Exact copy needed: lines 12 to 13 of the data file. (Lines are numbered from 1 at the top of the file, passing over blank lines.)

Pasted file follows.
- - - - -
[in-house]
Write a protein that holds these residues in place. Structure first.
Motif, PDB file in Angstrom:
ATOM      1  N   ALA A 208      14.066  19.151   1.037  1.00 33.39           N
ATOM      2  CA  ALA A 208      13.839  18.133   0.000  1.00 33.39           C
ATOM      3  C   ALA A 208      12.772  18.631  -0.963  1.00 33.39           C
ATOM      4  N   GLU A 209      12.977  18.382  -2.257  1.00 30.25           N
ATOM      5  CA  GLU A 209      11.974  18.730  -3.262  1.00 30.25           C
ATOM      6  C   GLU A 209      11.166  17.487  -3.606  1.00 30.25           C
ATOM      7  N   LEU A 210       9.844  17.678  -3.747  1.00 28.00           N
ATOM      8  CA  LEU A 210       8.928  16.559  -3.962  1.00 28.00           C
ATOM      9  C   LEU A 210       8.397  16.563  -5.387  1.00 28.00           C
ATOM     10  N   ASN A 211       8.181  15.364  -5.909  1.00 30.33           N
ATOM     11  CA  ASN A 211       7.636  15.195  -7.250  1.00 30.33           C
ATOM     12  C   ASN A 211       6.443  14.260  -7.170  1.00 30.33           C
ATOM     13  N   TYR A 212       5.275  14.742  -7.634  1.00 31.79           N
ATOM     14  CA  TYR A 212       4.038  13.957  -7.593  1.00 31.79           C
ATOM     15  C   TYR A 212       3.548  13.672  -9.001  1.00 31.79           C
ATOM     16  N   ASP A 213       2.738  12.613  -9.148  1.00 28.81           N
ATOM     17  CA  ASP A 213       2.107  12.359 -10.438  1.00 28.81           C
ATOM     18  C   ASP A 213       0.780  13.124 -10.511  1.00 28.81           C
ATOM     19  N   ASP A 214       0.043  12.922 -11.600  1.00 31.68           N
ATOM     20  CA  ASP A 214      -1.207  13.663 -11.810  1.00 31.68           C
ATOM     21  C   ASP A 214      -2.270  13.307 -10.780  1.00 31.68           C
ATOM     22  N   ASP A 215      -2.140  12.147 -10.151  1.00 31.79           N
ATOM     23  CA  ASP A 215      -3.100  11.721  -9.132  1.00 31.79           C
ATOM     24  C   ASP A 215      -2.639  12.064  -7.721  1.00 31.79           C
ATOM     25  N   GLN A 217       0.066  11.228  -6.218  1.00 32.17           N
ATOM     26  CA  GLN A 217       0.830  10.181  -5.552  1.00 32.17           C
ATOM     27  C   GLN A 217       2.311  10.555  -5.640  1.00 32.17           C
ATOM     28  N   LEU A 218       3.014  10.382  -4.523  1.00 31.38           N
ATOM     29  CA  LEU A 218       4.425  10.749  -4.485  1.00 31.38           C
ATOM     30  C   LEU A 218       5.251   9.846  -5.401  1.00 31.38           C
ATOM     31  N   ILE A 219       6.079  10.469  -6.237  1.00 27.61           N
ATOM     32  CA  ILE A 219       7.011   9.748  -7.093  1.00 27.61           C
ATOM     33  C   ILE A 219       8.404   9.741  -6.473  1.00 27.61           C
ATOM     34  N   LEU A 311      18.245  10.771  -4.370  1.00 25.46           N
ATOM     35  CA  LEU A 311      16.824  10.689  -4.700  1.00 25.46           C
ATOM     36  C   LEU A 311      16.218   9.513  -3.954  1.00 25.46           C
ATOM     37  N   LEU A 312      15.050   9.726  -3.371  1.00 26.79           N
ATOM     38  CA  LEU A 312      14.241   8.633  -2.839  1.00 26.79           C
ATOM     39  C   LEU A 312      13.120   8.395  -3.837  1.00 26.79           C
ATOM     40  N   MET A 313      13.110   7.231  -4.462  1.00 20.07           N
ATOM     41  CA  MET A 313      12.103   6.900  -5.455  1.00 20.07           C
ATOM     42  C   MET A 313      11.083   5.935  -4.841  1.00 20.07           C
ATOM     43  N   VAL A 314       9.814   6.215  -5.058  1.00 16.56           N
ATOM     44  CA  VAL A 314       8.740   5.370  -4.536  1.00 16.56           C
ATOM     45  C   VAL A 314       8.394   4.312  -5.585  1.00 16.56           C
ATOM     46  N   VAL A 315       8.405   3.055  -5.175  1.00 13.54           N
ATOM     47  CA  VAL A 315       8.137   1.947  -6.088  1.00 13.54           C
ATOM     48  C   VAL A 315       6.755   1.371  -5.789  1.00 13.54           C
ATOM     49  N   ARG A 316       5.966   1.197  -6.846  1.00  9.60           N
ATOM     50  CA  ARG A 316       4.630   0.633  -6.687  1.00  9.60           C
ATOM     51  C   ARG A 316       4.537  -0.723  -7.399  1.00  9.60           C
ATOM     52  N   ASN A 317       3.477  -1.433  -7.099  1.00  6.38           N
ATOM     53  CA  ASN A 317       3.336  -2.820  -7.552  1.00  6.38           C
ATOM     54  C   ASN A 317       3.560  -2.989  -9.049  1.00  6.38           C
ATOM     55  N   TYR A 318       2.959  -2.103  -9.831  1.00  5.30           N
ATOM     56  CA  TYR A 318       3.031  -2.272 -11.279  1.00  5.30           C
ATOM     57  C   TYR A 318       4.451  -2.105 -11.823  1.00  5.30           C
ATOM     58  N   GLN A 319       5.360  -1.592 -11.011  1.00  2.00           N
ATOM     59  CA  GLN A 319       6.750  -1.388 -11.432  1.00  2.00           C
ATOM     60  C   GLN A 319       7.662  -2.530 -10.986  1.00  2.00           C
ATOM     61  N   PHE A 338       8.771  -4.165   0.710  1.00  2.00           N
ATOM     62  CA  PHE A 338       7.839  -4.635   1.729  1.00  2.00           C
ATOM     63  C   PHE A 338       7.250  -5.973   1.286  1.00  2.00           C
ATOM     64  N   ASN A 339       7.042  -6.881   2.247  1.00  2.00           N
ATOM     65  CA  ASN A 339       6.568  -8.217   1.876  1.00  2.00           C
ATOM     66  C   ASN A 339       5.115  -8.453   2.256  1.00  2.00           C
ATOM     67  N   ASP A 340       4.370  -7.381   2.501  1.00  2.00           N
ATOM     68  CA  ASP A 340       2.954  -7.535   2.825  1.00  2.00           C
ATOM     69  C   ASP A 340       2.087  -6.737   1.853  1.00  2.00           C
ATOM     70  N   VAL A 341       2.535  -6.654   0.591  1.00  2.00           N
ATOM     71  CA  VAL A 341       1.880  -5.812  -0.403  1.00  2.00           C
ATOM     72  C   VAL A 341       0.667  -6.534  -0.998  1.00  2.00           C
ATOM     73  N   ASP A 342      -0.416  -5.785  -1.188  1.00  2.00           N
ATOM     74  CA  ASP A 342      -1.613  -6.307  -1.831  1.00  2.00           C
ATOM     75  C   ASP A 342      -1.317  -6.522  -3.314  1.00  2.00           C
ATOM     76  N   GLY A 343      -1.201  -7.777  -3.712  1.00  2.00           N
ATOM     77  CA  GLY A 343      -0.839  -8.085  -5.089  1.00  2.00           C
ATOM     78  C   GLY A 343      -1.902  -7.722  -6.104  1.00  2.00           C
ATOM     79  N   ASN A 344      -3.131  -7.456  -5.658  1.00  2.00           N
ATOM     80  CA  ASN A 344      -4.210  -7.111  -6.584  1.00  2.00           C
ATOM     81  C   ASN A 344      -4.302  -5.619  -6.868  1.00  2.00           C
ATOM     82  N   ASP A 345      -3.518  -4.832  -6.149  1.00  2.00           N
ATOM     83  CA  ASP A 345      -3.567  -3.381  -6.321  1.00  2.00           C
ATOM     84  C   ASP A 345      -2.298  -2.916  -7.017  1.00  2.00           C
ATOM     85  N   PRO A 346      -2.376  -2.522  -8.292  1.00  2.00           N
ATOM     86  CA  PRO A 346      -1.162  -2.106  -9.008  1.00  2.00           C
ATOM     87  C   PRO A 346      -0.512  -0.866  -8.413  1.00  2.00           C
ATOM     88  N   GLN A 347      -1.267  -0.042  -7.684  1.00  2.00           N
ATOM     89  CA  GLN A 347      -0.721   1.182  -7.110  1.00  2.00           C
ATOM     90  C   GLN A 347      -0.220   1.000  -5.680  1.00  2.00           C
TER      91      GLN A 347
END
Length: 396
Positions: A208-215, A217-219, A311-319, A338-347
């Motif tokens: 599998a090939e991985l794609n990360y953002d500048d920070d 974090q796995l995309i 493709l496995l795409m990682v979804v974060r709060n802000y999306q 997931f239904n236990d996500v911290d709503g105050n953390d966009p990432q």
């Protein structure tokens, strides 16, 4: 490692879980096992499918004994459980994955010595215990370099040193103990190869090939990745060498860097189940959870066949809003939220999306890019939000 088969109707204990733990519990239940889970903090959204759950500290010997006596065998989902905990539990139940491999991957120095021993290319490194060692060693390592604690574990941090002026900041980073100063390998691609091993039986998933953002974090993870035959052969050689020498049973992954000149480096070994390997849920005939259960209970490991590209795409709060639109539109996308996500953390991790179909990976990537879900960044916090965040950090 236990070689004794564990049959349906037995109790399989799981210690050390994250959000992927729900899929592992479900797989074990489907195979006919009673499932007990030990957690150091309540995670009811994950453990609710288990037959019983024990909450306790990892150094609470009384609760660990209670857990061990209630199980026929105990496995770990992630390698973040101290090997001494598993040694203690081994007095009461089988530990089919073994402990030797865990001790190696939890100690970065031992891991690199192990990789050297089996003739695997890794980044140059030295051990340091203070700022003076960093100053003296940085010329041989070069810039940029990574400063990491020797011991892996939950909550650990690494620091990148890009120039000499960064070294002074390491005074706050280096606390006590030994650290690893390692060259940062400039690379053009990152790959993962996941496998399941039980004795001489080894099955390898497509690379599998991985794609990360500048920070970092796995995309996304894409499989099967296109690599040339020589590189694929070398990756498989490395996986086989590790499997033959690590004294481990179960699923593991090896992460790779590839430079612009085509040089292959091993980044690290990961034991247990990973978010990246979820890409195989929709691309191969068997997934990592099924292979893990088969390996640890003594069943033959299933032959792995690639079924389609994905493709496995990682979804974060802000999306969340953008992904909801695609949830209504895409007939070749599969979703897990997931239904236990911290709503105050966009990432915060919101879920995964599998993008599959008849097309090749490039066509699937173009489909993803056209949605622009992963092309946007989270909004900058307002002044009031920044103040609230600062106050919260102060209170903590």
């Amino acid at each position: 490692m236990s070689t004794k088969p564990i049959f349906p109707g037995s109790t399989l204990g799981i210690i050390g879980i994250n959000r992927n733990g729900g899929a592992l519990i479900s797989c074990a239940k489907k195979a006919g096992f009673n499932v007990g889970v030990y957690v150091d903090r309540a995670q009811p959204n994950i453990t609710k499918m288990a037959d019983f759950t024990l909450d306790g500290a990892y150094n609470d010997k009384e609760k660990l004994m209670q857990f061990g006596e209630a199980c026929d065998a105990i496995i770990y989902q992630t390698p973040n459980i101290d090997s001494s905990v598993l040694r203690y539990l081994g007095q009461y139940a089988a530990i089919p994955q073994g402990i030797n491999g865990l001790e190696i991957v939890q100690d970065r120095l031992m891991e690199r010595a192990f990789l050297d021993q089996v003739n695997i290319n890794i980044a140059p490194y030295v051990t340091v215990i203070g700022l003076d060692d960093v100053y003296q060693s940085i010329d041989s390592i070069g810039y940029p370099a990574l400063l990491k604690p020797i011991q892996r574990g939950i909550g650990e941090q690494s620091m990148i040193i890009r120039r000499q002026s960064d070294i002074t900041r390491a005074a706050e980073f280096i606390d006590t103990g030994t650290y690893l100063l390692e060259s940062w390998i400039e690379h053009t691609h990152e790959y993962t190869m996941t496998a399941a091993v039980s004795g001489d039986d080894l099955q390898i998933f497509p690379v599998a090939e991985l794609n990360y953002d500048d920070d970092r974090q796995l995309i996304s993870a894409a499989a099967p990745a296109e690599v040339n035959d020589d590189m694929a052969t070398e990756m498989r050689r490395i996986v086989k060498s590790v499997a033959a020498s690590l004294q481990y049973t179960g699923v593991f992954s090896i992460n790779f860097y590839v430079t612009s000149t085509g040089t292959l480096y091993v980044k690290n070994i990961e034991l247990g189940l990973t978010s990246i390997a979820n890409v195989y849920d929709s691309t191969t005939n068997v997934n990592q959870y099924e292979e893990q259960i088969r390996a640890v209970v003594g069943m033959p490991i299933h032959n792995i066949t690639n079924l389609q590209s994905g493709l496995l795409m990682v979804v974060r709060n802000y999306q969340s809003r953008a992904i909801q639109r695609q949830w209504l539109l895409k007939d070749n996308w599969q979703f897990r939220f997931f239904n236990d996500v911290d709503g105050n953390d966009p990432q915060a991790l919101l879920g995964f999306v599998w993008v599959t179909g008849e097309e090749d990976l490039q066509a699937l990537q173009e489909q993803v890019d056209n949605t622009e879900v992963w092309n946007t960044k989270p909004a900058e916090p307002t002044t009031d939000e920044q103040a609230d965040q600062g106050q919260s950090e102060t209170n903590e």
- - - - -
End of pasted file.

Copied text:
ATOM      9  C   LEU A 210       8.397  16.563  -5.387  1.00 28.00           C
ATOM     10  N   ASN A 211       8.181  15.364  -5.909  1.00 30.33           N